A social problem is defined as a negative interaction between groups in society. The social problem most likely effects more than one group of people. Most problems bring upon havoc or cause lack of cooperation in solving the problem. Social problems also prevent groups from growing and improving, thus making the problem worse. A most recent social problem that became an epidemic in the early 80 s is AIDS (Acquired Immune Deficiency Syndrome). AIDS originated from HIV (Human Immunodeficiency Virus) which is a specific group of diseases or conditions that result from suppression of the immune system.
A person infected with HIV gradually loses immune function along with certain immune cells, called CD4 T-lymphocytes or CD4 T-cells, causing the infected person to become vulnerable to pneumonia, fungus infections, or other common ailments. With the loss of immune function, a clinical syndrome (a group of various illnesses that together characterize a disease) develops over time and eventually results in death due to opportunistic infections (infections by organisms that do not normally cause disease except in persons whose immune system has been greatly weakened) or cancers.
AIDS is a social problem because it s a disease that doesn t have a cure. AIDS effects all communities and social groups, making the disease a worldwide problem. More than any other groups of people, homosexual men find AIDS the most important social problem. Since some of the first AIDS cases were found in homosexual men, many groups blame them for spreading the disease. Since AIDS is found in any race, sex, age, or sexual preference; any person is vulnerable to the disease. The only cause of AIDS is HIV. HIV can be spread by the exchange of body fluids, primarily semen, blood, and blood products.
Another major spread of HIV is caused by sexual contact with an infected person. The virus is present in the sexual secretions of infected men and women and gains access to the bloodstream of the uninfected person by way of small abrasions that may occur as a consequence of sexual intercourse. HIV can also be spread by the sharing of needles or syringes that results in direct exposure to the blood of an infected individual. This method of exposure occurs most commonly among people abusing intravenous (IV) drugs.
HIV transmission through blood transfusions or use of blood-clotting factors is now extremely rare because of extensive screening of the blood supply. A more recent cause of HIV is from an infected mother to her baby, either before or during childbirth or through breast-feeding. The effects of AIDS vary on the type of person effected. For children, AIDS is usually something given to them, which they are helpless against. Drug users that get AIDS may blame others for giving them the disease. The users that are infected usually aren t aware of the disease until it s too late for them to be properly treated.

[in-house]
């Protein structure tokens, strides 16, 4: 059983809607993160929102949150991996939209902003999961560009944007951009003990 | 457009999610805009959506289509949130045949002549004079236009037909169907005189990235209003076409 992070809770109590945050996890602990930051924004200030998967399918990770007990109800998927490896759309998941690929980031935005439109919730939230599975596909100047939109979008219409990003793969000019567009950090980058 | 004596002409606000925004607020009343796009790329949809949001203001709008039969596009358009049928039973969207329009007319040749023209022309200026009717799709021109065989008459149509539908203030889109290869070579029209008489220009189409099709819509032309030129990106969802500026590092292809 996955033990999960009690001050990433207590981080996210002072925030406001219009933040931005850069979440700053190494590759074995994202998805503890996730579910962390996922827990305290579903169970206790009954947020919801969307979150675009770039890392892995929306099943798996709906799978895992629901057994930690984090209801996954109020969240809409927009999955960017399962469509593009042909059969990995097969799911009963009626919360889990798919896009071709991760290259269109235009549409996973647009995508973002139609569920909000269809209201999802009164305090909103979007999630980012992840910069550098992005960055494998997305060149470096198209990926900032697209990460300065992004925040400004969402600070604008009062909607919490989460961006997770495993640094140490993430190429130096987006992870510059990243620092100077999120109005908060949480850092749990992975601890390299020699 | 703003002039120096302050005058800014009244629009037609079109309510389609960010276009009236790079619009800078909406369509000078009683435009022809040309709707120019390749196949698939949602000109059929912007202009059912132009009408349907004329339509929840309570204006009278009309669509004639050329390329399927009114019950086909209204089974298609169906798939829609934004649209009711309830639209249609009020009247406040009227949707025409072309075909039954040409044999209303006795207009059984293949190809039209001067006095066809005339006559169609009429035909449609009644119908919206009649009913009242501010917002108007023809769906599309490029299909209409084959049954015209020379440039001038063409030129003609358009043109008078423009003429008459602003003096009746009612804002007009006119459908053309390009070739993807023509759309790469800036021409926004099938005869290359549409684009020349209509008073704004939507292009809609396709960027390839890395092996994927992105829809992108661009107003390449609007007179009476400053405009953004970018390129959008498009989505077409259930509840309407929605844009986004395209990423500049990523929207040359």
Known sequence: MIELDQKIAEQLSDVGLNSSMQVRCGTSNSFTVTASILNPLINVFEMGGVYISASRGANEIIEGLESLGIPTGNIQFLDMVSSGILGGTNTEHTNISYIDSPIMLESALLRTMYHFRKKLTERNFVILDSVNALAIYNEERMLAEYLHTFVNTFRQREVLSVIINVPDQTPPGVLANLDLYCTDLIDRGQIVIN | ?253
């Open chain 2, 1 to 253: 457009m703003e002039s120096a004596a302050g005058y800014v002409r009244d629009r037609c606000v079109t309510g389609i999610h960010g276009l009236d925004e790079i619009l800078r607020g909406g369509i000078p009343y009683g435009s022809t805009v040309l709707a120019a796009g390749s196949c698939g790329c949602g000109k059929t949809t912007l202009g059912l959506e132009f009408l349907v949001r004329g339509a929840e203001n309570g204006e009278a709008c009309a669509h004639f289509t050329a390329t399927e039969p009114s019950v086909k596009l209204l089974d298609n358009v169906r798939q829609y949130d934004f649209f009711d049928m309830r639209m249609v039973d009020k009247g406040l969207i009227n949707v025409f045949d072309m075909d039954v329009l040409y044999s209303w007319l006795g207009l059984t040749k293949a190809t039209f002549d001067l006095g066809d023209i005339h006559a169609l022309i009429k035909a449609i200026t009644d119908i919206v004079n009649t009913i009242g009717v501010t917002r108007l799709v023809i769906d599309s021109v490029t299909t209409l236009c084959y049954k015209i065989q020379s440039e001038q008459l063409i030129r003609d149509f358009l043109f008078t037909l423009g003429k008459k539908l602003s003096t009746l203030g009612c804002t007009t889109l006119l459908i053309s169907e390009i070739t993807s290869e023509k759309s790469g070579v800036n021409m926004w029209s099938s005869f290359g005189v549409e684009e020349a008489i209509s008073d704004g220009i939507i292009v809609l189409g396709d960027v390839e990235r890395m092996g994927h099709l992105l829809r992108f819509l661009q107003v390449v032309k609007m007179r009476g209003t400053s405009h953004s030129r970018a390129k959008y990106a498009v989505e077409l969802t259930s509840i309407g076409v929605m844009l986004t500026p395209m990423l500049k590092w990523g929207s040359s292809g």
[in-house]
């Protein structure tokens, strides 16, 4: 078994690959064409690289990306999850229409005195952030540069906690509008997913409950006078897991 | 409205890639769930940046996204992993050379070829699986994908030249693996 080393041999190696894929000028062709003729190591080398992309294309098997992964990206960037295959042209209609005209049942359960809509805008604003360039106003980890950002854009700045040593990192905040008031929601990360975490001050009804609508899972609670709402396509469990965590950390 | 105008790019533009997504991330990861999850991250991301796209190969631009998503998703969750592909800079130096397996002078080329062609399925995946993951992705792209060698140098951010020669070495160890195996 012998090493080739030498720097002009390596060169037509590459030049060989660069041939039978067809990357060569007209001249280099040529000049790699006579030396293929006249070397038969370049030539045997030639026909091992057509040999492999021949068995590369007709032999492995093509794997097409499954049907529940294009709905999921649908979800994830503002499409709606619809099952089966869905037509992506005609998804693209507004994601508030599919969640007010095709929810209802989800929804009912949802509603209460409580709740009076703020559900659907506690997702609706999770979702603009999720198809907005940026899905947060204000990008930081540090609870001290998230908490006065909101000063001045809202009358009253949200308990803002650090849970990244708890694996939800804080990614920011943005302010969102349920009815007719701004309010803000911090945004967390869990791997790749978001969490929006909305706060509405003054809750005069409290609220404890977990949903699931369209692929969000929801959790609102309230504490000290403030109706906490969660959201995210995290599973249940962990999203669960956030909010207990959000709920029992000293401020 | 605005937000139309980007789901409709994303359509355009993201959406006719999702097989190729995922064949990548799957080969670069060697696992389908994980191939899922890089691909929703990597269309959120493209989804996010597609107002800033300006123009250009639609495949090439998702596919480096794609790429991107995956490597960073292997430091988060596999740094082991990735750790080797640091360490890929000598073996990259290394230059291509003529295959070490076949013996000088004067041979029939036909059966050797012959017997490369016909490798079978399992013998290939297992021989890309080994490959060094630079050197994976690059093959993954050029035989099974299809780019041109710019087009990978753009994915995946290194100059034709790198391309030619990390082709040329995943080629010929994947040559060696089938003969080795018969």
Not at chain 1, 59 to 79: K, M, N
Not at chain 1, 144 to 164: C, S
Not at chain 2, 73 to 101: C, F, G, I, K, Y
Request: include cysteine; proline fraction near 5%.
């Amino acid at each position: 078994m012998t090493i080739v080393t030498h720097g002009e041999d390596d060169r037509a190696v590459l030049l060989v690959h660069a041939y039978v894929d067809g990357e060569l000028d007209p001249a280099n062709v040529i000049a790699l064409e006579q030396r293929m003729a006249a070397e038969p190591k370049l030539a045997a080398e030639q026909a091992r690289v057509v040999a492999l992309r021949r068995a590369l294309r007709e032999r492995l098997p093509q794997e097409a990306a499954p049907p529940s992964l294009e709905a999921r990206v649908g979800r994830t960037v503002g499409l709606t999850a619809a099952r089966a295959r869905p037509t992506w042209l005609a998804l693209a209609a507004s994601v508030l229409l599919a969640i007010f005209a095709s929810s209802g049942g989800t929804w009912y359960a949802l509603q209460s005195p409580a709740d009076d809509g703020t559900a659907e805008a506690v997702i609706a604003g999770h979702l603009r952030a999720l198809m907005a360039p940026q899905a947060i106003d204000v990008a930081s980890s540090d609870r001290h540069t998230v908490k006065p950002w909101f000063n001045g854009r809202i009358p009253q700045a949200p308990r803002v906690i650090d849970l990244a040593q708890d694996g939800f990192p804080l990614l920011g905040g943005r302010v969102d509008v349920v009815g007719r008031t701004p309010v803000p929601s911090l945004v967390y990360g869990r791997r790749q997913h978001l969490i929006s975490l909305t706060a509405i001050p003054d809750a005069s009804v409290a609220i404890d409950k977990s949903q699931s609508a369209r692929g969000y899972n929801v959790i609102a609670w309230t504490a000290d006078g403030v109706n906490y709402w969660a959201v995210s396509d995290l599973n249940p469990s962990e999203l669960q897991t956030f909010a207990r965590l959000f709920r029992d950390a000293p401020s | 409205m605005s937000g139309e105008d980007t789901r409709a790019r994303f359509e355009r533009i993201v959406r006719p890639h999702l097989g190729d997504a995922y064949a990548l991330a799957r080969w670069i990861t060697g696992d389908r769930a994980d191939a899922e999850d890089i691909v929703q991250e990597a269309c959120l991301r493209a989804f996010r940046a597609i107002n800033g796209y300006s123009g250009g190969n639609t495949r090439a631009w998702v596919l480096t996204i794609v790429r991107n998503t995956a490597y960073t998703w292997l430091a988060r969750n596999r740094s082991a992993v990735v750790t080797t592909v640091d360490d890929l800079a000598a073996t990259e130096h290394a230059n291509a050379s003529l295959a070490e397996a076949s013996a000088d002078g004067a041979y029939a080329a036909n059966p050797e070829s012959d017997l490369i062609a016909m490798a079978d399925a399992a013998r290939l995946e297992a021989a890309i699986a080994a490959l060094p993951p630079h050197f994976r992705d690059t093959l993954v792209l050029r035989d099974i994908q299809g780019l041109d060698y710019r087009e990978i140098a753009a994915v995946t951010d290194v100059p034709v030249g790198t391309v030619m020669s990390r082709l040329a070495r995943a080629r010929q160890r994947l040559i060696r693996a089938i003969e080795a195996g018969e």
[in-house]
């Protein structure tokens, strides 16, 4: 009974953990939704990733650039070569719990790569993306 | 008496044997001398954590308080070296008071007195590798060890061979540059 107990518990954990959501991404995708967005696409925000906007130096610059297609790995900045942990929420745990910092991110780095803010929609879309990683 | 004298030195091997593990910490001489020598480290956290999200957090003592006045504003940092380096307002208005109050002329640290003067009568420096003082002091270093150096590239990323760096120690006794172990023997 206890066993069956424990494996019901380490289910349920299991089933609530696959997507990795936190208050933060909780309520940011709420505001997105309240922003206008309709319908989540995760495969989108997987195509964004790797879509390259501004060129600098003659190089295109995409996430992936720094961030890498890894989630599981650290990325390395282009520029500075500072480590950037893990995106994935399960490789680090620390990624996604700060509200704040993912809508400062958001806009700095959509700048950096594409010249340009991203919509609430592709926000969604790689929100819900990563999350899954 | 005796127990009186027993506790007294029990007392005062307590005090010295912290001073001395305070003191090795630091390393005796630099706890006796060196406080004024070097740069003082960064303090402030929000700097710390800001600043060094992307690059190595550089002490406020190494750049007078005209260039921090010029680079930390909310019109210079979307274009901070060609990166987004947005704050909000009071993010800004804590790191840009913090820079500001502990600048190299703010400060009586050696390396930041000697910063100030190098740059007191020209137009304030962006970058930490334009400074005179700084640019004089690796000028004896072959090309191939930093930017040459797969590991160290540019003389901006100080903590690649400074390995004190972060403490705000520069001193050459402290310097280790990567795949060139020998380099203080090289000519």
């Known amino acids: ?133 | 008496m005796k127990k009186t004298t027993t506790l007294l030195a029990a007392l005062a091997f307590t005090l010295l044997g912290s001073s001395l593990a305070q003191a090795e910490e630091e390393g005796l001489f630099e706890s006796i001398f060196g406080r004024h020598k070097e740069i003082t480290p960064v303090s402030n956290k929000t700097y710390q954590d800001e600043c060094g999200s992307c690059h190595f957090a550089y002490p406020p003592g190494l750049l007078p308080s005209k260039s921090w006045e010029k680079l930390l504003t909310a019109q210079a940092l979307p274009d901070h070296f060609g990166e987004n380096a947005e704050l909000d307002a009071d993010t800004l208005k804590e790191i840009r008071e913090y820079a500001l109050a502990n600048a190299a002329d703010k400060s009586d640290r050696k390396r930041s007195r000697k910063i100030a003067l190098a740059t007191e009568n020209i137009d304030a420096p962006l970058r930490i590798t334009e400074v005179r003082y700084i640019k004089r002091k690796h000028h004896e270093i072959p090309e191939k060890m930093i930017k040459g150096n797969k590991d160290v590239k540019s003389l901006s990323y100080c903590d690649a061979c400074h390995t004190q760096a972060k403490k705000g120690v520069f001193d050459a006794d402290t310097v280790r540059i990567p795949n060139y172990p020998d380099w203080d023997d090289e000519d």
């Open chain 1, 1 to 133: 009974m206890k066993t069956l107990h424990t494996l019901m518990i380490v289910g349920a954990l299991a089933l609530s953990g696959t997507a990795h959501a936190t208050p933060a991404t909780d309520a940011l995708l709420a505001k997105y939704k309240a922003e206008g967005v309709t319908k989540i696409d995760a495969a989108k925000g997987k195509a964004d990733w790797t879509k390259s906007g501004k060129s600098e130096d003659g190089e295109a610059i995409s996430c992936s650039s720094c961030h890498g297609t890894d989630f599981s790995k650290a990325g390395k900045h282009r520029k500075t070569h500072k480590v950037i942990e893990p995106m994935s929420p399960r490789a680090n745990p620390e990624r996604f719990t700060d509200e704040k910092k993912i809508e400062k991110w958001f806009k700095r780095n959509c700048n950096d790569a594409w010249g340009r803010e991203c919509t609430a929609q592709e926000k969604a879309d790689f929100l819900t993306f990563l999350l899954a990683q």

People that get AIDS from having more than one sexual partner effect the life of every person they sleep with. Mothers who are pregnant with AIDS may pass the disease on to their child without them being able to do anything about it. No matter how a person gets the disease their chances of dying are 100%. Family and friends of AIDS patients are effected because they have to see that person go through the disease. In the long run, there is no easy way to deal with AIDS; the burden is something people have to cope with in their own way. Remedies of AIDS are very limited since there isn t a cure for the disease.
Treatment for AIDS is given only to slow the disease from spreading rapidly. One major drug called AZT has been highly effective in reducing HIV transmission. The most effective method of preventing HIV and AIDS is education. Parents and schools make the students aware of the disease at an early age so they are at a lower risk. Education and the use of certain drugs have reduced the amount of people who get the disease and die with the disease, but that s not enough. In just one year the amount of people who are infected with HIV has risen 10 percent. AIDS is a social problem that everyone would like to get rid of.
The disease is painful emotionally and physically both for the patient and their family. For the disease to be kept under control, massive campaigns and cooperation are needed to spread the education of AIDS to all countries. The commitment and resources needed to create such a project has been a problem since some people don t want to be part of such a dangerous epidemic. Until a cure or something used to prevent AIDS is discovered, the number of HIV infections will continue to rise. All people must learn how to protect themselves and remember it s what a person does, not who a person is, that increases their risk of getting HIV.